10 facts about American religion

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When in comes to religion, America is an interesting landscape. What with Pope Francis’ visit next month, a presidential election on the horizon, debates about religious freedom, debates about marriage, not to mention the changing religious landscape.

Michael Lipka at the Pew Research Center shares ten facts about religion in America:

1. Protestants no longer make up a majority of U.S. adults. Closely tied to the rise of the religious “nones” is the decline of Christians, including Protestants. The U.S. has a long history as a majority Protestant nation, and, as recently as the 2007 Pew Research Center Religious Landscape Study, more than half of U.S. adults (51.3%) identified as Protestants. But that figure has fallen, and our 2014 study found that 46.5% of Americans are now Protestants.

2. Religious switching is a common occurrence in the U.S. Depending on how “religious switching” is defined, as many as 42% of U.S. adults have switched religions. That definition counts switching between Protestant traditions, but even if Protestantism is regarded as a single group, about a third of Americans (34%) identify with a different religious group than the one in which they were raised.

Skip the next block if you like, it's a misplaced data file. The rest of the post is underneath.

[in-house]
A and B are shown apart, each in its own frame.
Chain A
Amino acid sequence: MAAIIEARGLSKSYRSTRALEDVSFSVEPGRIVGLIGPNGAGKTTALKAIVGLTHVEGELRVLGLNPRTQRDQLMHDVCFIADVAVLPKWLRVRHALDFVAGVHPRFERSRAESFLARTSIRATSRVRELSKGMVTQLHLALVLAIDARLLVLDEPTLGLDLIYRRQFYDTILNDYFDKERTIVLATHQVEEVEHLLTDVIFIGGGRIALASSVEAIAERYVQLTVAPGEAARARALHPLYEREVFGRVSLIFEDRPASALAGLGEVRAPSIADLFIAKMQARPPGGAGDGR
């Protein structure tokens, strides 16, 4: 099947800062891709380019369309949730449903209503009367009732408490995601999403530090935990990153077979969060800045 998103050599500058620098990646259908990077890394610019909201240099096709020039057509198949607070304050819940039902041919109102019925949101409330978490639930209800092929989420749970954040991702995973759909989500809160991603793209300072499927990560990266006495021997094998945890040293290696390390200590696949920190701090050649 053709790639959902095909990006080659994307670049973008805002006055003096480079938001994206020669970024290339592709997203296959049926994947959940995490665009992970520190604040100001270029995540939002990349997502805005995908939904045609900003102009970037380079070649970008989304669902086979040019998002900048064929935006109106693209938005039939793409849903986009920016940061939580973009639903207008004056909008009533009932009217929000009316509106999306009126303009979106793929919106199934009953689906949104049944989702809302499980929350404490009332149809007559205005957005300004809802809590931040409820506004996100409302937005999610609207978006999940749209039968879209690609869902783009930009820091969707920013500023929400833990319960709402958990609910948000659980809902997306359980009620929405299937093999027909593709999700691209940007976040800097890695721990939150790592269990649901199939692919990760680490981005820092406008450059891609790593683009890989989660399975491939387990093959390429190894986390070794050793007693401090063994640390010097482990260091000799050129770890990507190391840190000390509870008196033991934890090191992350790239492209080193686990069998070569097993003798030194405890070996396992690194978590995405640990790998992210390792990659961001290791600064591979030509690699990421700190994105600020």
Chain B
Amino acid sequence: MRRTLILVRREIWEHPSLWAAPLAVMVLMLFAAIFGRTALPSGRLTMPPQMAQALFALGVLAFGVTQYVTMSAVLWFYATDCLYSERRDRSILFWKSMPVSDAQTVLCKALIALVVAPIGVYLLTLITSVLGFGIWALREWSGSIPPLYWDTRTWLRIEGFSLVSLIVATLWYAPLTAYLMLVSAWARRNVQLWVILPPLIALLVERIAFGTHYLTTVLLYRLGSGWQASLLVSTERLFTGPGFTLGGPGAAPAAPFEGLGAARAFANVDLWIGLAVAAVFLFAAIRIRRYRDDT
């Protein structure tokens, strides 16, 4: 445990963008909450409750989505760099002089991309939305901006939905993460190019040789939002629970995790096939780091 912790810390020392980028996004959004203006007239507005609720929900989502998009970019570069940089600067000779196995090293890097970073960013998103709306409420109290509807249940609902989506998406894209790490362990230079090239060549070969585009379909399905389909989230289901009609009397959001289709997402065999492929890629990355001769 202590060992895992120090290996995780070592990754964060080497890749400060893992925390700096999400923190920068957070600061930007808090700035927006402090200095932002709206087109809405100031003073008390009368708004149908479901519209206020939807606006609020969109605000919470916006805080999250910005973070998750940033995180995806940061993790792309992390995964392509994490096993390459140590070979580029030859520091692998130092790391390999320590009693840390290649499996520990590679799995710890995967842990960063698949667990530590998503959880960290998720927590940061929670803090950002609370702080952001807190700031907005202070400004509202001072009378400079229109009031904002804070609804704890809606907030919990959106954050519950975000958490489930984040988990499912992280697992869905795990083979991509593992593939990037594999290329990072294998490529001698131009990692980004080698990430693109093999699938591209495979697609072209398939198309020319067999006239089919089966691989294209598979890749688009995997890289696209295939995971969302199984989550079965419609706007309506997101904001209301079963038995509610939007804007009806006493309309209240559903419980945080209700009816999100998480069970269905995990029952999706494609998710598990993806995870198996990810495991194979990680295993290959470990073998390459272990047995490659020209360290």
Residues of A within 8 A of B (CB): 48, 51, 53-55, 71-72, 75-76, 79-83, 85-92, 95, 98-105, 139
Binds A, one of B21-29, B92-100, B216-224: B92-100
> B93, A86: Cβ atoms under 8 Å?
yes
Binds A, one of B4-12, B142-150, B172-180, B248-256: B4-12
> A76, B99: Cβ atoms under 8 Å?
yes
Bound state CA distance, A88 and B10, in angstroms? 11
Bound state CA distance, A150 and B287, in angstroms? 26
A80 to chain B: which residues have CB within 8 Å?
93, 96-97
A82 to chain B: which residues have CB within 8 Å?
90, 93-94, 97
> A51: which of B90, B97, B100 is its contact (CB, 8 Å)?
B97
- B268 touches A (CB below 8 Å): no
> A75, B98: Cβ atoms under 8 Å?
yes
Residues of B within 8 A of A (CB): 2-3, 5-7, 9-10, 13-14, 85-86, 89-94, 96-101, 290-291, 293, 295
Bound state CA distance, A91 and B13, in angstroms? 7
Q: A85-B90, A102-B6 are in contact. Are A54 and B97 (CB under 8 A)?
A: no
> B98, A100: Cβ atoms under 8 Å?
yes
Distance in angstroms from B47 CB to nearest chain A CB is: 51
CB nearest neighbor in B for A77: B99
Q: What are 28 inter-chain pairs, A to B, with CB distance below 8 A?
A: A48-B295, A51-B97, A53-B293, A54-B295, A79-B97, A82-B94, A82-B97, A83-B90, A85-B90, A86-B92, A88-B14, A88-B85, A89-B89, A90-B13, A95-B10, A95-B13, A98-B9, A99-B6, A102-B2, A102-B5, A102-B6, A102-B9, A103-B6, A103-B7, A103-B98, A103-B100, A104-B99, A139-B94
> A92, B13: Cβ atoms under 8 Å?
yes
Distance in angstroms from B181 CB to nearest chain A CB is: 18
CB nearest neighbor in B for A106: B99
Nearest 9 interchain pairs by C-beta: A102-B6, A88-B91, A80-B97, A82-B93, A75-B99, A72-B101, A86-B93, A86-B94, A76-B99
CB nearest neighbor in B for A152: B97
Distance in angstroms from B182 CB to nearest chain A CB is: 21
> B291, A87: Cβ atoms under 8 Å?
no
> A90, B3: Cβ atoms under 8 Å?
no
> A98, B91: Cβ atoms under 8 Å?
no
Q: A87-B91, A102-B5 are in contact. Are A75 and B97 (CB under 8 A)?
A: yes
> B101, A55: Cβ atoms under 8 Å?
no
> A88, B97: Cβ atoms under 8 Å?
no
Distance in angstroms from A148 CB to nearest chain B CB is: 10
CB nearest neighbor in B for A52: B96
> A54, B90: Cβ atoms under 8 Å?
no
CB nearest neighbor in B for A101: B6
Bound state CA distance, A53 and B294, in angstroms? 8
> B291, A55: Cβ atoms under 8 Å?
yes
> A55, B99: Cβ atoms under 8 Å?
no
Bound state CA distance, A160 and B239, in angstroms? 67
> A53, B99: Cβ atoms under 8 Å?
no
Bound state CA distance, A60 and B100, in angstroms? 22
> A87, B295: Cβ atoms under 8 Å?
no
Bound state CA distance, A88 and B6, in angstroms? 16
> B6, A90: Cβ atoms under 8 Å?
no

3. There is a wide range of racial and ethnic diversity among U.S. religious groups and denominations. Seventh-day Adventists, Muslims and Jehovah’s Witnesses are among the most racially and ethnically diverse U.S. religious groups. The least diverse are the National Baptist Convention, the Evangelical Lutheran Church in America and the Lutheran Church-Missouri Synod.

Read the rest here.

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